Monday, May 23, 2005
We get a fair amoung of comments e-mailed to us. Most are pretty interesting. Here's a recent one that I thought I'd share with readers:
Dear The Rest of Us,
I read the article on Commondreams by Derek Cressman entitled "It?s Time
to Cap Runaway Campaign Spending" and of course agree with it heartily.
I have had a proposal on the wire for years http://www.28amen.org/ to
limit campaign finance and refer you to it now. The idea is to obviate
the Buckley vs Valeo problem by amending the Constitution.
It now occurs to me that voting and campaign finance reform must form
the nucleus for the Third Way that is so obviously required to bring
back representative government to the United States.
The idea is that the argument for a transparent, repeatable count for
all elections (http://evm2003.sourceforge.net/) and the legislated
equality of all campaign contributions can be presented independently of
One may remain a Libertarian, a Green, a Conservative, a Liberal, even a
Republicrat-Demoplican and still work for these essentially mechanical
reforms of the political process itself.
I imagine a Mechanics' Party, whose membership determines not to solicit
or offer contributions in excess of a week's wages at the minimum wage
to any candidate for office and whose candidates pledge to work firsrt
and foremost for vote tallying by a human verifiable medium as well as
for campaign finance reform.
Mechanics may be members of any political party they see fit, but will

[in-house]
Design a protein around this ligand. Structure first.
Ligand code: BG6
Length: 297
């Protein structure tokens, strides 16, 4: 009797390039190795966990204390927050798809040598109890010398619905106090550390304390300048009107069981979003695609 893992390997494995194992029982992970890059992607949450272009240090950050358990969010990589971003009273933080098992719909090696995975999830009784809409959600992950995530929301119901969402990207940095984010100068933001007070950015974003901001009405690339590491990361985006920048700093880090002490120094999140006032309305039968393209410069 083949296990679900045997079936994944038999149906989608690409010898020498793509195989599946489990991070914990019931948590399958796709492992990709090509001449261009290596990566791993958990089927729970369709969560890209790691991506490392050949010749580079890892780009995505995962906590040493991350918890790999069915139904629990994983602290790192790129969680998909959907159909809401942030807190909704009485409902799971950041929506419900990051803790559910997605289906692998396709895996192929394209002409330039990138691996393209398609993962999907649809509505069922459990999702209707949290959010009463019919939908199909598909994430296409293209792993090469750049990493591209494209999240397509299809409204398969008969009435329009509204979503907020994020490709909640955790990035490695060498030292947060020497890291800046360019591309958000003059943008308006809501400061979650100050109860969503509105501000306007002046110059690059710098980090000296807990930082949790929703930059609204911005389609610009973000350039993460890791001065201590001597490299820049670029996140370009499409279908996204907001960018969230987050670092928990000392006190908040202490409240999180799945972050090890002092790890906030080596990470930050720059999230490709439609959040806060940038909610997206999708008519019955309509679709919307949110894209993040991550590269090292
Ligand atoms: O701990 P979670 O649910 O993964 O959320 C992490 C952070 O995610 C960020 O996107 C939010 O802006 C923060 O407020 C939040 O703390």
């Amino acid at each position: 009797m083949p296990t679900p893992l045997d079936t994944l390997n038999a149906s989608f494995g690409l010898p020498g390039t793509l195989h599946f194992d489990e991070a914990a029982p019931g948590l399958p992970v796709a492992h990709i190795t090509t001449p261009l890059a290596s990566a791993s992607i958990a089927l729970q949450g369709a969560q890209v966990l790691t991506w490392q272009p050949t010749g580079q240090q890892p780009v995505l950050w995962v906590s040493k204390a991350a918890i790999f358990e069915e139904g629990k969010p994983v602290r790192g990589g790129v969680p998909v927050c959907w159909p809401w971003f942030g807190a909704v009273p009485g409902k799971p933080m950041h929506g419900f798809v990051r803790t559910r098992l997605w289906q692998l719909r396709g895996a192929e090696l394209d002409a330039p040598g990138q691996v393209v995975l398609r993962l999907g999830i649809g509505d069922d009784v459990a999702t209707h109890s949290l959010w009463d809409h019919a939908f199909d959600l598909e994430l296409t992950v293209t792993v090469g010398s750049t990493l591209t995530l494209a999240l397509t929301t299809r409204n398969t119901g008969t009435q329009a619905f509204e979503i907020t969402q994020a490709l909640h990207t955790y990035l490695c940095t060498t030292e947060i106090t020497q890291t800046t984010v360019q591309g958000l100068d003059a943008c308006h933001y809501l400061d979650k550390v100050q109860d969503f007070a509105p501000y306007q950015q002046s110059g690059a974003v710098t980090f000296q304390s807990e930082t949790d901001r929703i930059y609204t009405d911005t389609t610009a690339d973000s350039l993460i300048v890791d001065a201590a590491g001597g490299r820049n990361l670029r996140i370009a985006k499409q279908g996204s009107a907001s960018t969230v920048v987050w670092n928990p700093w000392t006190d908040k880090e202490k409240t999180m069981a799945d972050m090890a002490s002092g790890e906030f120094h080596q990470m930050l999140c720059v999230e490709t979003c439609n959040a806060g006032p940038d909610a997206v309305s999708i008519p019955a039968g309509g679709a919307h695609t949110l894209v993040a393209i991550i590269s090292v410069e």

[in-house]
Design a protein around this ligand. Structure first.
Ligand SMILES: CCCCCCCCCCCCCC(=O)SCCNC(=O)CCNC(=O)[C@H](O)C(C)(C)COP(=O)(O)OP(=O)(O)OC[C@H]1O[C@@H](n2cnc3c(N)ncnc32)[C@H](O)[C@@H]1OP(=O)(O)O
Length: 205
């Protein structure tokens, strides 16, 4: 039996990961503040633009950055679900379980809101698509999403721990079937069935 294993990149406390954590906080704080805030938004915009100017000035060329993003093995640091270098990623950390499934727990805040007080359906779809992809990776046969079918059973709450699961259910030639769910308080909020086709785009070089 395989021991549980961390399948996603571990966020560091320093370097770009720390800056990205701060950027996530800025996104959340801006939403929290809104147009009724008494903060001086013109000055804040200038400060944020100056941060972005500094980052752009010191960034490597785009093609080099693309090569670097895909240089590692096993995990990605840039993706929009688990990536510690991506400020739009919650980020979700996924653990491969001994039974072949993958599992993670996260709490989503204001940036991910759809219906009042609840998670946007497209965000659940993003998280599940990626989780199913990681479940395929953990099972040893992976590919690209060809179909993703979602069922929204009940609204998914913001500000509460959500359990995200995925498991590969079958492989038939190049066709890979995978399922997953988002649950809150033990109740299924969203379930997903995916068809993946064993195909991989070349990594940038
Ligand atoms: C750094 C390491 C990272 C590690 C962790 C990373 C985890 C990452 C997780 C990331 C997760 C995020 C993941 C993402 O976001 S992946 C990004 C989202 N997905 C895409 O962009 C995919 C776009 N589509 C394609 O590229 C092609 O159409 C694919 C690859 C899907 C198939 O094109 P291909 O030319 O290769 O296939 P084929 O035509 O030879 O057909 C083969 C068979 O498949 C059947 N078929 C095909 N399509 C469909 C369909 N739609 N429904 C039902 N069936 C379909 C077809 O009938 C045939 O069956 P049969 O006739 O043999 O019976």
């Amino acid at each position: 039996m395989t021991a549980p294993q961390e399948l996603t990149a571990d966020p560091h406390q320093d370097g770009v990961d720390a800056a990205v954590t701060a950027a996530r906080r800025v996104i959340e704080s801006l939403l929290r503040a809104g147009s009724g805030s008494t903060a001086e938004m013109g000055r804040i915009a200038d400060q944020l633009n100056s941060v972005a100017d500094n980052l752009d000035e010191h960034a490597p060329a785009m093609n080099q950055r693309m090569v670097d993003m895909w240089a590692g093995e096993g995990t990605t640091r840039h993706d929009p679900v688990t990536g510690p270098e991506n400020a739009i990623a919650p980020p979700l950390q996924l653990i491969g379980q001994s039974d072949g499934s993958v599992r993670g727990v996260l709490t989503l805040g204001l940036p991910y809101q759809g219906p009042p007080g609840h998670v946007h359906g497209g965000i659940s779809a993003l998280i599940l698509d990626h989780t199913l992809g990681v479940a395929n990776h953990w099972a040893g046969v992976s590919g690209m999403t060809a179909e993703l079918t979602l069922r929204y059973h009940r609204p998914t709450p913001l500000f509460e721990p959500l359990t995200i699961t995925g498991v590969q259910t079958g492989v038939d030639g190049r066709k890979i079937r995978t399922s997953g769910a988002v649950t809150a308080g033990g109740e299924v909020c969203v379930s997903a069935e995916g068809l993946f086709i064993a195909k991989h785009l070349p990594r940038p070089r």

campaign for other Mechanics and will work as hard to warn their
neighbors of the danger presented by the other, bought-out candidates in
any election, and will campaign against them.
Please found a Mechanics Party in CA and work to elect your fellow,
unbought Mechanics in the coming election in 2006. It is possible to
return representative government to the United States of America.
John Francis Lee
As the Myrtle Beach Sun News reports, the North Carolina House passed HB 1024, a pilot program in which up to ten counties have the option of choosing instant runoff voting for their elections. The bill now goes to the Senate for approval.
In this version of ranked voting, voters rank the candidates in order of preference. If one of the candidates tops other candidates with more than a "substantial plurality" of the votes (more than 40% of the vote), that candidate wins the election. If none of the candidates wins more than 40% of the vote, the top two candidates advance to a second round.
In the second round, the ballots which didn't select one of the remaining two candidates are counted towards whichever of the two candidates is ranked higher.
Ranked voting forces candidates to appeal to a broader section of the electorate in the case that they are in a runoff and need votes beyond those of their core supporters. It also generally results in more a accurate representation of voter preference and intent by shifting a person's votes in a field with multiple candidates to the candidate they next prefer in the case of a run-off.
The bill that passed is a pared-back version of an earlier bill that would have offered ranked voting in partisan primaries for statewide offices and appellate court races in some cases. It's good to see the folks in North Carolina taking a commonsense yet experimental approach to dealing with some of the issues facing their democracy.